“Man becomes, as it were, the
sex organs of the machine world, as the bee of the plant world, enabling
it to fecundate and to evolve ever new forms. The machine world
reciprocates man’s love by expediting his wishes and desires, namely, in
providing him with wealth”. – Understanding Media (1964), p. 46
Go one step beyond that, and countries are going to begin blockading shipping and closing borders entirely. Finally, there is the danger of war as the only recourse that some leaders will decide is needed to set matters straight again.
Think of Chinese support for North Korea: Pyongyang relies on Beijing for virtually all its oil and a large percentage of its food, among many other items. If the US fails in its dialogue with North Korea over denuclearisation and the danger of war again hovers over the Korean peninsula, China would surely side with North Korea, as it did in the Korean war.
The stand-off with China extends all round the rim of Asia, down to the South China Sea and on to the Indian Ocean and the Arabian Sea, and beyond.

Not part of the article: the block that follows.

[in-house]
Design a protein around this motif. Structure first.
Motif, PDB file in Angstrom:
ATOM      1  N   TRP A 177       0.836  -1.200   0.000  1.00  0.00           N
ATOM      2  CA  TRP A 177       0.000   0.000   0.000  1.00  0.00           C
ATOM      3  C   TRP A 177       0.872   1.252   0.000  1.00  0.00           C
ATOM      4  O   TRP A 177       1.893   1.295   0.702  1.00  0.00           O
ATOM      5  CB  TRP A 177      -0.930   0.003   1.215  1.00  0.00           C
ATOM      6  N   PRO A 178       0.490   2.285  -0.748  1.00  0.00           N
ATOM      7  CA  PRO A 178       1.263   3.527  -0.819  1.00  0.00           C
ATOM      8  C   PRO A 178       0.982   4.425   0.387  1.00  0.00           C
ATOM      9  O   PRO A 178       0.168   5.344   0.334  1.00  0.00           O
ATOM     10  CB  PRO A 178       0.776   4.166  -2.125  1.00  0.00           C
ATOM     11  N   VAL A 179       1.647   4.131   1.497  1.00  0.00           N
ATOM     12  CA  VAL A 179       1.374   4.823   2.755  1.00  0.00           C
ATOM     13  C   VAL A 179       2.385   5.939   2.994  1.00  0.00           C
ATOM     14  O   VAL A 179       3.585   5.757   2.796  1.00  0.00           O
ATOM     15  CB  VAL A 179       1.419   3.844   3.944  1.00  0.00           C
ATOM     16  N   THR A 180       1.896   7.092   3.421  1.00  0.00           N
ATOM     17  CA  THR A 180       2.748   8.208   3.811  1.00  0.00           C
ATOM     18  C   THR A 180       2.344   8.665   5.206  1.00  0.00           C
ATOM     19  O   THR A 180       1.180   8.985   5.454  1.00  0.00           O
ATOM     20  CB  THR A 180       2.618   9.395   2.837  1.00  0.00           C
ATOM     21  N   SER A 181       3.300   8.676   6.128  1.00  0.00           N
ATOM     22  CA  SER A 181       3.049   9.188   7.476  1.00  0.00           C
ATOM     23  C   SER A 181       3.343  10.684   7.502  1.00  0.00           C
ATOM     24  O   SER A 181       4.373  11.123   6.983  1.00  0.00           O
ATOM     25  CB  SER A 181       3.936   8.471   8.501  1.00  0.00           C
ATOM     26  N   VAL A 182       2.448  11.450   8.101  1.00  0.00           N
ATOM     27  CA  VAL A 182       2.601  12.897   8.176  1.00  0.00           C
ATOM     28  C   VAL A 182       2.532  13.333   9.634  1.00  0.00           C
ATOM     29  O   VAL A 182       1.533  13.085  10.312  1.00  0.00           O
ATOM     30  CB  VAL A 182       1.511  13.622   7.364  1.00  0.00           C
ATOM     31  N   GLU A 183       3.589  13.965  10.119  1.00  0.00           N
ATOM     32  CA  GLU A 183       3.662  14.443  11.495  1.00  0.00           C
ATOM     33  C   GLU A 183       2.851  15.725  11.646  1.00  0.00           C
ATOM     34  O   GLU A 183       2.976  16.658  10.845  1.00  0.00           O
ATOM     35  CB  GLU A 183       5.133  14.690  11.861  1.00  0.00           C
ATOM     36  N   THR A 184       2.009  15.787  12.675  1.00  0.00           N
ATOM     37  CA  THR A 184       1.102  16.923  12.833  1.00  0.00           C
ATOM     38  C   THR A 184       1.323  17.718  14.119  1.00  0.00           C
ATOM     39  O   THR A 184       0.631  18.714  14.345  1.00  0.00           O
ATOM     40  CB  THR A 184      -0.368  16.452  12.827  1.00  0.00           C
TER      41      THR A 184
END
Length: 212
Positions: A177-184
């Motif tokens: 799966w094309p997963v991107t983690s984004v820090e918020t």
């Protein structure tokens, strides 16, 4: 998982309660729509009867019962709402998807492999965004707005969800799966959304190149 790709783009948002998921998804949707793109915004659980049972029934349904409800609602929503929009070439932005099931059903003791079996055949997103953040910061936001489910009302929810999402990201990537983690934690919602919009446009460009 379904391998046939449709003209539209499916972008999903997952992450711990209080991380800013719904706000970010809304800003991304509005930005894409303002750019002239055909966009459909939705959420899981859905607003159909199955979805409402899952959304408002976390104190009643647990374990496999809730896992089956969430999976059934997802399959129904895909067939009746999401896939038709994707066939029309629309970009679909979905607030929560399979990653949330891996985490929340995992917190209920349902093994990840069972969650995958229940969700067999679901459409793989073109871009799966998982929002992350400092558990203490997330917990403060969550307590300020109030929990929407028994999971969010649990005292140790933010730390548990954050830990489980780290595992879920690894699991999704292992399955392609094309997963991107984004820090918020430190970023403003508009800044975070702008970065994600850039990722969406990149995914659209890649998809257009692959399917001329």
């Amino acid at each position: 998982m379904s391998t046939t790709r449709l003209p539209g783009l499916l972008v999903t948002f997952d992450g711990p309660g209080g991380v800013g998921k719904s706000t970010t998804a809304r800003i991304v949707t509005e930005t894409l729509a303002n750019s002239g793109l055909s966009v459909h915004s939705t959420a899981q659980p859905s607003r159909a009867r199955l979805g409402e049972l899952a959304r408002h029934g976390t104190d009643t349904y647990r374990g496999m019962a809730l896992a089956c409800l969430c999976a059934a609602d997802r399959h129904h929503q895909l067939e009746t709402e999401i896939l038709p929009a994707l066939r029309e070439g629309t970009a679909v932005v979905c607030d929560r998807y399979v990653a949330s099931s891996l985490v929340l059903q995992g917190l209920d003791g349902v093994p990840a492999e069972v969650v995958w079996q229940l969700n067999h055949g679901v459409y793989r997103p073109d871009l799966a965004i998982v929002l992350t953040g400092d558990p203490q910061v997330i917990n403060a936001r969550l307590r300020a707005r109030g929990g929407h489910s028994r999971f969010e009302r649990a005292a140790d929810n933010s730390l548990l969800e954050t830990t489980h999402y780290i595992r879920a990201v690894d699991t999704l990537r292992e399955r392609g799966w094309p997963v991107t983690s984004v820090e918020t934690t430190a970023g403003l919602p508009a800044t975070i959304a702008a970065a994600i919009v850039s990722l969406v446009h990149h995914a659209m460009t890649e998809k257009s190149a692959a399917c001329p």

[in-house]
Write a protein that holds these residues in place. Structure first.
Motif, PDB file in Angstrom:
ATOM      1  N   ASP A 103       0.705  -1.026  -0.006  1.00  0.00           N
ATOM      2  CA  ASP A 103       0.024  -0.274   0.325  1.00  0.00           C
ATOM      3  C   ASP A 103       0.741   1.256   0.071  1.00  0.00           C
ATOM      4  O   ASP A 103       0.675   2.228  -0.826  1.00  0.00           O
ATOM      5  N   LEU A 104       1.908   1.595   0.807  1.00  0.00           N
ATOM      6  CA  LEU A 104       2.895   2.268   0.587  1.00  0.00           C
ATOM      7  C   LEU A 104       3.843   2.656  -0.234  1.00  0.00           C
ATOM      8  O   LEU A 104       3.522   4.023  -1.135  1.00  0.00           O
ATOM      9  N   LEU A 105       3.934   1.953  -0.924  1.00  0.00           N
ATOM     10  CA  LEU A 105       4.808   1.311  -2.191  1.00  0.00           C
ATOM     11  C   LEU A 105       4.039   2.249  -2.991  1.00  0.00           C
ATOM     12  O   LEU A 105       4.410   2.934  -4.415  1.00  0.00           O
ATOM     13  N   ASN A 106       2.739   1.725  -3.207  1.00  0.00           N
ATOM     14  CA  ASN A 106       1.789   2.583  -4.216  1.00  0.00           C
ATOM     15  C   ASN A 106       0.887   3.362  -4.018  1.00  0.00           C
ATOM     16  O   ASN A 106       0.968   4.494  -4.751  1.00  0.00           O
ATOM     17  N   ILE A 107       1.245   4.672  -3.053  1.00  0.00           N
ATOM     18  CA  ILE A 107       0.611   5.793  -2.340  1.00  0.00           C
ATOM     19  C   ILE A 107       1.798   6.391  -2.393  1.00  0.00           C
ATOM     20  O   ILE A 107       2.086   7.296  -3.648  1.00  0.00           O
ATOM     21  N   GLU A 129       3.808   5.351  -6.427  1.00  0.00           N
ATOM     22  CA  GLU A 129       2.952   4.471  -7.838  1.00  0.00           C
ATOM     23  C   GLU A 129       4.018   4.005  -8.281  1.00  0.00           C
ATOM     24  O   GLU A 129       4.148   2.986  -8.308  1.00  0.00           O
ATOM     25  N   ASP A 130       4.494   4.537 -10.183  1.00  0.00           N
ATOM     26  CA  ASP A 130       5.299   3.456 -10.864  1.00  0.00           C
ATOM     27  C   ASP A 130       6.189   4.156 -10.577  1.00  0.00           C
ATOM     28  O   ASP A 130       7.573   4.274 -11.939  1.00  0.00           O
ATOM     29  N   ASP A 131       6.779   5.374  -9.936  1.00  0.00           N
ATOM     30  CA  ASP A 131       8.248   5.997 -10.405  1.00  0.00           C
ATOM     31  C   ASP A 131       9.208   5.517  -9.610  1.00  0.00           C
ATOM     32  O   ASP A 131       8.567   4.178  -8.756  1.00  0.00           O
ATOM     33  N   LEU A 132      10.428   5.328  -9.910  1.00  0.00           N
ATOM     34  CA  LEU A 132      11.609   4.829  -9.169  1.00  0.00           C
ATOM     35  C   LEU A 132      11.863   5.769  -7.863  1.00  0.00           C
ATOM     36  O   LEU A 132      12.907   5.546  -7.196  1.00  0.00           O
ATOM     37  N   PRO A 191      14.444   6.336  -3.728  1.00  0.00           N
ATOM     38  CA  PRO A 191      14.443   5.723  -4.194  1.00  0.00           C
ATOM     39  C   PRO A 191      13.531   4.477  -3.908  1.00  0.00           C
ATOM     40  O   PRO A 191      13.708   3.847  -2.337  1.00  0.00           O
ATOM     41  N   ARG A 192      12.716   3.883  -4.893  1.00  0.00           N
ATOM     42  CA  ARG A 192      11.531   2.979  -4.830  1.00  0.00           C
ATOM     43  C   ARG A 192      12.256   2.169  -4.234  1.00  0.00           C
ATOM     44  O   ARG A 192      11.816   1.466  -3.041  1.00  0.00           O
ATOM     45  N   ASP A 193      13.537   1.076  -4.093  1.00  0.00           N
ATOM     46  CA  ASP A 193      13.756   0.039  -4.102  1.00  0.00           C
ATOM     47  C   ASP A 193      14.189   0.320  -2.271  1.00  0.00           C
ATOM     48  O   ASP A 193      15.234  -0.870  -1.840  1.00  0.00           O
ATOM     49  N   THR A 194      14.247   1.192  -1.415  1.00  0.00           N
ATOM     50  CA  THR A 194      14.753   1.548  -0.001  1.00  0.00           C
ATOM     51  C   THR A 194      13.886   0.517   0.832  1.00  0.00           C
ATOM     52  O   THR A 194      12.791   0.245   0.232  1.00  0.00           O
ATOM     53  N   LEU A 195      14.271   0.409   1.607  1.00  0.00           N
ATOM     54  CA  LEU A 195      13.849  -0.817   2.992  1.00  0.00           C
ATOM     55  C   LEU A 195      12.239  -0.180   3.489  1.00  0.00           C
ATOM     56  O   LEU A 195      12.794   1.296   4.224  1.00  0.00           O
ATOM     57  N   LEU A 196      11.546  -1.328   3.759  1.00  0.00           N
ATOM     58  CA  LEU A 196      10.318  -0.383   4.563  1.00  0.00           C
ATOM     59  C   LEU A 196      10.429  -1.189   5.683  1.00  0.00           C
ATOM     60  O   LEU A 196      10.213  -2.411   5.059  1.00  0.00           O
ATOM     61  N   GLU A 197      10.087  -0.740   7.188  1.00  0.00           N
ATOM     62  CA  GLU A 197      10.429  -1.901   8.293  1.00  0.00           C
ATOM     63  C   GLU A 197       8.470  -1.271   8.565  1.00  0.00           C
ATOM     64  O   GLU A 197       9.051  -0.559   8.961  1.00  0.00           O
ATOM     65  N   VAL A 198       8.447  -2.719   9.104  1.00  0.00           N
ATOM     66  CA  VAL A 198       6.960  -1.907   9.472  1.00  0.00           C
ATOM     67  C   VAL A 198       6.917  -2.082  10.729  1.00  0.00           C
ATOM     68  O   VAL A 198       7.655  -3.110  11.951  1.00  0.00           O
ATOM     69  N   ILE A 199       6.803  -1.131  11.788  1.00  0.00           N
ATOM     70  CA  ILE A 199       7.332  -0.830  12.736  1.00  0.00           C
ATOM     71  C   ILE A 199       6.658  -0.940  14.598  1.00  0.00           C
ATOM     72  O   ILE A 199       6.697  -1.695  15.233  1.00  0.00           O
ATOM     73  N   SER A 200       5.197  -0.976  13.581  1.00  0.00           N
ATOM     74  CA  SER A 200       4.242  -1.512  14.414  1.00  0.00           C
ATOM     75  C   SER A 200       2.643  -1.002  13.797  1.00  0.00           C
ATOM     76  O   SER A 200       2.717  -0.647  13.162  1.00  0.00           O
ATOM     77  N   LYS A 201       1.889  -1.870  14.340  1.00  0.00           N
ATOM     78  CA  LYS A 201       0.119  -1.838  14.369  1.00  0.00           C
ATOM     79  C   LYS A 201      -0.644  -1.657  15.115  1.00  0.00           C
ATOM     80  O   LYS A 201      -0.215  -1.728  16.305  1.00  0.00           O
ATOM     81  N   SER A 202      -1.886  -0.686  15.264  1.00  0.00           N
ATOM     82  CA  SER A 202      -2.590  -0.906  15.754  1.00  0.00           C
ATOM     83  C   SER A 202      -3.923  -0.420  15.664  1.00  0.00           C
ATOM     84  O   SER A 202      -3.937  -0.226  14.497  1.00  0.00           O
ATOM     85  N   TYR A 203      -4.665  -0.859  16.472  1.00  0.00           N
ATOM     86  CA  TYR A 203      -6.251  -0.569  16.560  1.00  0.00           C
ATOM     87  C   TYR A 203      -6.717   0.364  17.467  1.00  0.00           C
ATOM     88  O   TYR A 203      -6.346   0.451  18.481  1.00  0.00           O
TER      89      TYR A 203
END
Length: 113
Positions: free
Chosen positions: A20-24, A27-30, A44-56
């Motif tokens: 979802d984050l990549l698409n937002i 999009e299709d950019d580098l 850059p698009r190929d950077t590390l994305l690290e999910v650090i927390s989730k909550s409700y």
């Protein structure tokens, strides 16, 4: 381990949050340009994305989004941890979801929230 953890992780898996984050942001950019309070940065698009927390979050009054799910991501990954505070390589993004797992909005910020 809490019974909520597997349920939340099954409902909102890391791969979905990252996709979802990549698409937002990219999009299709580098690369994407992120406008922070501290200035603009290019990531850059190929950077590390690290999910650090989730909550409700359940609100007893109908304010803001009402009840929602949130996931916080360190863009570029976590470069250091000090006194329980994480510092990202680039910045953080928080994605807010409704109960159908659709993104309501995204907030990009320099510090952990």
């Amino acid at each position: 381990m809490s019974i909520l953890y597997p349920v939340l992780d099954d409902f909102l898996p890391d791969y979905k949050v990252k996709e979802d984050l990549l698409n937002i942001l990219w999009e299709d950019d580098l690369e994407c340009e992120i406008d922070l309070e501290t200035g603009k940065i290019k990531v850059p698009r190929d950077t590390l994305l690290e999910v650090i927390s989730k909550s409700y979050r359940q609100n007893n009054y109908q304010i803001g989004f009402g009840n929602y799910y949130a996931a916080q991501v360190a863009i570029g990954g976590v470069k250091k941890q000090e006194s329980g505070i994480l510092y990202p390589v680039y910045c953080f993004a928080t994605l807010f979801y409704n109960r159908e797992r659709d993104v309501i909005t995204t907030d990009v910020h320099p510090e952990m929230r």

Korea’s trade surplus with the US last year was US$23.1 billion, down from a high of US$28.3 billion in 2015 but still considerably more than US trade officials would like.
Japan, whose surplus with the US last year reached US$68.8 billion, down from a peak of US$76.4 billion in 2012 but still far too high.
With numbers like these, it’s easy to see why Trump is talking so tough about the trade deficit while America’s trading partners are outraged by moves to cut it.
The fear, however, is that these nasty battles could eventually explode into armed conflict in which hundreds of millions, maybe billions, would perish. Policymakers and negotiators have to keep this risk at the top of their concerns as they confront one another in a global trade war that could someday erupt into the third world war.